No New Jersey court has defined the kind of conduct which amounts to "unlawful acts" within the meaning of the statute. In the earlier decision of this court in this matter a finding was made that Socony had committed "unlawful acts" as required to be found under N.J.S. 2A:15-53(a). However, the court pointed out at that time that the decision with regard to its findings of "unlawful acts" was narrowly limited to the union's request for interim relief pending final hearing. 82 N.J. Super. 159, 175.
The court is presently of the opinion that the term "unlawful acts" in our statute does not include violations of the National Labor Relations Act. To so construe the statute would render it unconstitutional, for the New Jersey Anti-Injunction Act does not indicate that it is only applicable when there is a collective bargaining agreement in effect. It is generally applicable whenever its terms are satisfied. Therefore, to construe "unlawful acts" to include violations of the National Labor Relations Act would, in effect, be construing the New Jersey statute to give the New Jersey courts the right to enjoin any violation of the NLRA, with or without a collective bargaining agreement. This construction would place N.J.S. 2A:15-53 in direct conflict with the NLRA
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and would make the New Jersey statute invalid as interpreted and applied. Hill v. Florida , 325 U.S. 538, 65 S. Ct. 1373, 89 L. Ed. 1782 (1945).
However, this court's interpretation of New Jersey law is not the controlling factor in disposing of this case. Under a section 301 suit for the violation of a collective bargaining contract, in either a federal or a state court, the suit is governed by federal law. Teamsters, Chauffeurs, Warehousemen & Helpers v. Lucas Flour Co. , 369 U.S. 95, 82 S. Ct. 571, 7 L. Ed. 2 d 593 (1962); Textile Workers Union v. Lincoln Mills , 353 U.S. 448, 77 S. Ct. 912, 1 L. Ed. 2 d 972 (1957).
In Lucas Flour the court said:
"It was apparently the theory of the Washington court. that, although Textile Workers Union v. Lincoln Mills * * * requires the federal courts to fashion, from the policy of our national labor laws, a body of federal law for the enforcement of collective bargaining agreements, nonetheless, the courts of the States remain free to apply individualized local rules when called upon to enforce such agreements. This view cannot be accepted. The dimensions of § 301 require the conclusion that substantive principles of federal labor law must be paramount in the area covered by the statute. Comprehensiveness is inherent in the process by which the law is to be formulated under the mandate of Lincoln Mills, requiring issues raised in suits of a kind covered by § 301 to be decided according to the precepts of federal labor policy.
More important, the subject matter of § 301(a) 'is peculiarly one that calls for uniform law.' * * *
The importance of the area which would be affected by separate systems of substantive law makes the need for a single body of federal law particularly compelling. The ordering and adjusting of competing interests through a process of free and voluntary collective bargaining is the keystone of the federal scheme to promote industrial peace. State law which frustrates the effort of Congress to stimulate the smooth functioning of that process thus strikes at the very core of federal labor policy. With due regard to the many factors which bear upon competing state and federal interests in this area * * * we cannot but conclude that in enacting § 301 Congress intended doctrines of federal labor law uniformly to prevail over inconsistent local rules." (369 U.S. , at pp. 103-104)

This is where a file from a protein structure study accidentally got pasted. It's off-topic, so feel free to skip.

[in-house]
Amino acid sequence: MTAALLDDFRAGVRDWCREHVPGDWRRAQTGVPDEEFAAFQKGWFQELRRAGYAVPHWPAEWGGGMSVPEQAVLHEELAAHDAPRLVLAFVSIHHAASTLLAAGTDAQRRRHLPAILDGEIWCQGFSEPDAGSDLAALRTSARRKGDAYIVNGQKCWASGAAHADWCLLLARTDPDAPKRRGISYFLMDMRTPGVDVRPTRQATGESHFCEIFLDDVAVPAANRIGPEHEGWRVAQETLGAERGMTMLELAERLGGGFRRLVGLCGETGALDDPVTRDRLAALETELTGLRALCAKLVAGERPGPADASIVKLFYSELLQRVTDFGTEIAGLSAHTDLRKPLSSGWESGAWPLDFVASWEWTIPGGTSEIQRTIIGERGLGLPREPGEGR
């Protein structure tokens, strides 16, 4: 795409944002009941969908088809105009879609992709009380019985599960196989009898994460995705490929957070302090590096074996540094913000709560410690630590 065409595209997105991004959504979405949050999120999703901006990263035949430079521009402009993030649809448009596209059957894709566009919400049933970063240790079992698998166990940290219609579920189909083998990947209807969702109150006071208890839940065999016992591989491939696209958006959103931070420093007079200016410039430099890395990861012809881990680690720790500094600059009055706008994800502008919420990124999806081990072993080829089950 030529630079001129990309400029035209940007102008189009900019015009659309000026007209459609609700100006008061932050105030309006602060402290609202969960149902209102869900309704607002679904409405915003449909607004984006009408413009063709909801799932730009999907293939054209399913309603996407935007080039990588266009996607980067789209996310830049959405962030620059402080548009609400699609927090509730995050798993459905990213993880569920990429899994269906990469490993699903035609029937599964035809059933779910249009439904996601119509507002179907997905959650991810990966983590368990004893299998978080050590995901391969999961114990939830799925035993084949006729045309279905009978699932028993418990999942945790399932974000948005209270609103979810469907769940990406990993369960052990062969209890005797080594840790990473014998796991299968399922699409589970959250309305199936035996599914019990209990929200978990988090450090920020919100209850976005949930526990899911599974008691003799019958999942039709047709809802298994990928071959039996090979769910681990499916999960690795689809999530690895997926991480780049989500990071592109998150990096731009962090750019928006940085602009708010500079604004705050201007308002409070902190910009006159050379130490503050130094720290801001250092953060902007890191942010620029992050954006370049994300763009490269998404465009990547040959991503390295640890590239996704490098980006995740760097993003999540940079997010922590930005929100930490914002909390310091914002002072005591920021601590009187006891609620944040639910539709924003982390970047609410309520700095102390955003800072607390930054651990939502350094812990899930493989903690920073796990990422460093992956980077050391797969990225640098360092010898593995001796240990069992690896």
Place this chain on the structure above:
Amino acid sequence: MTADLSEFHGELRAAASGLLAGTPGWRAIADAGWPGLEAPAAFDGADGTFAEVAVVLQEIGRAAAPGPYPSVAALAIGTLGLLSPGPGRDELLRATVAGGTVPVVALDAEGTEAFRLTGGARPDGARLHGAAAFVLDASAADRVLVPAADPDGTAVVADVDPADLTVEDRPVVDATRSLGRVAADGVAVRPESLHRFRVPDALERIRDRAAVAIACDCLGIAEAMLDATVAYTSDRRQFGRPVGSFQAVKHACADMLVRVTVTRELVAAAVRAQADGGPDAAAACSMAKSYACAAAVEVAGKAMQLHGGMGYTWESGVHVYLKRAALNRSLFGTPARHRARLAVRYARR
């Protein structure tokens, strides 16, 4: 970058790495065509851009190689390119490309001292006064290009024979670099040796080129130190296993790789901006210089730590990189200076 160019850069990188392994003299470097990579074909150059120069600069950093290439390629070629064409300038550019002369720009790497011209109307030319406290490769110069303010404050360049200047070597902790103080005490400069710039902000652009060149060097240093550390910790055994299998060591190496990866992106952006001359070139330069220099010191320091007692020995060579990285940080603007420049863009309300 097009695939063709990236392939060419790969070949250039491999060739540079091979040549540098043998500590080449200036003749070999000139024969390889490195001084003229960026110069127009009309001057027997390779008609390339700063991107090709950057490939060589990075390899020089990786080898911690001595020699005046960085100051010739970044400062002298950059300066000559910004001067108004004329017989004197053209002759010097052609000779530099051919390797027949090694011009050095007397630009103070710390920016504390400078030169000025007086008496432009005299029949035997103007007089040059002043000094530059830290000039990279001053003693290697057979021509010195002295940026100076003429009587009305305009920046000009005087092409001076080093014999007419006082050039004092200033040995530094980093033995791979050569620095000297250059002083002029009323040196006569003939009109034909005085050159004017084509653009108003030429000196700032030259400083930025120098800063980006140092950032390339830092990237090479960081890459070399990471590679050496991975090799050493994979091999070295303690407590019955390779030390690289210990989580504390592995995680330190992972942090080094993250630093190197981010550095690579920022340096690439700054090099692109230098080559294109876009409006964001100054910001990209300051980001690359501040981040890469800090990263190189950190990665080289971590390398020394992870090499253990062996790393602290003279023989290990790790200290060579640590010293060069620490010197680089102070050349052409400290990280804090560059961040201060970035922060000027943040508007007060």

In light of the preceding statements of the United States Supreme Court, this court believes that it must either apply the Norris-LaGuardia Act, 29 U.S.C.A. § 107, directly
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in the instant case or at least interpret our own Anti-Injunction Act in light of the Norris-LaGuardia Act so that it is not incompatible with it. The Norris-LaGuardia Act is certainly part of the federal labor policy and as such must get primary consideration in any suit for an injunction under section 301.
Section 301(a) has not in any way changed or removed the limitations imposed by the Norris-LaGuardia Act upon the jurisdiction of the courts to grant injunctions in labor disputes. Sinclair Refining Co. v. Atkinson , 370 U.S. 195, 82 S. Ct. 1328, 8 L. Ed. 2 d 440 (1962), followed in Chauffeurs, Teamsters & Helpers v. Yellow Transit Freight Lines, Inc. , 370 U.S. 711, 82 S. Ct. 1293, 8 L. Ed. 2 d 792 (1962).
Before an injunction can issue under the Norris-LaGuardia Act, it is necessary for the court to find that "unlawful acts have been threatened and will be committed unless restrained or have been committed and will be continued unless restrained * * *." 29 U.S.C.A. § 107(a).
In interpreting the meaning of this language, Chief Judge Hutcheson of the Fifth Circuit said, in Brotherhood of Railroad Trainmen v. Central of Georgia Railway Company , 229 F.2d 901 (1956):
"It is plain from the language and the context that the words 'unlawful acts' mean violence, breaches of the peace, criminal acts, etc., and that such terms do not include, they do not constitute a general reference to, anything that may be considered illegal but apply specifically to the acts of violence which authority is calculated to control." (at p. 905)
The only unlawful acts alleged by the union in the present controversy are breaches of the collective bargaining agreement which are also alleged to be violations of the National Labor Relations Act. In United Packing House Workers v. Wilson & Co. , 80 F. Supp. 563, 569-570 (N.D. Ill. 1948), the same contentions were made and the court there answered:
"The nearest approach to charging 'that unlawful acts have been threatened and will be committed unless restrained' is the charge that contract violations which are unfair labor practices have been committed.
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Such allegations are not 'unlawful acts' within the meaning of Section 7 of the [the Norris-La Guardia] Act."
In view of the foregoing it is the opinion of this court, either in applying the Norris-LaGuardia Act directly or in construing the New Jersey Anti-Injunction Act in light of the federal labor law and policy, that there can be no injunction issued in a section 301 case unless there is violence, or the like.
There having been no allegations of violence in the complaint, this court cannot give any kind of injunctive relief. The complaint, therefore, does fail to state a claim upon which relief may be granted and the defendant's motion to dismiss the complaint is sustained.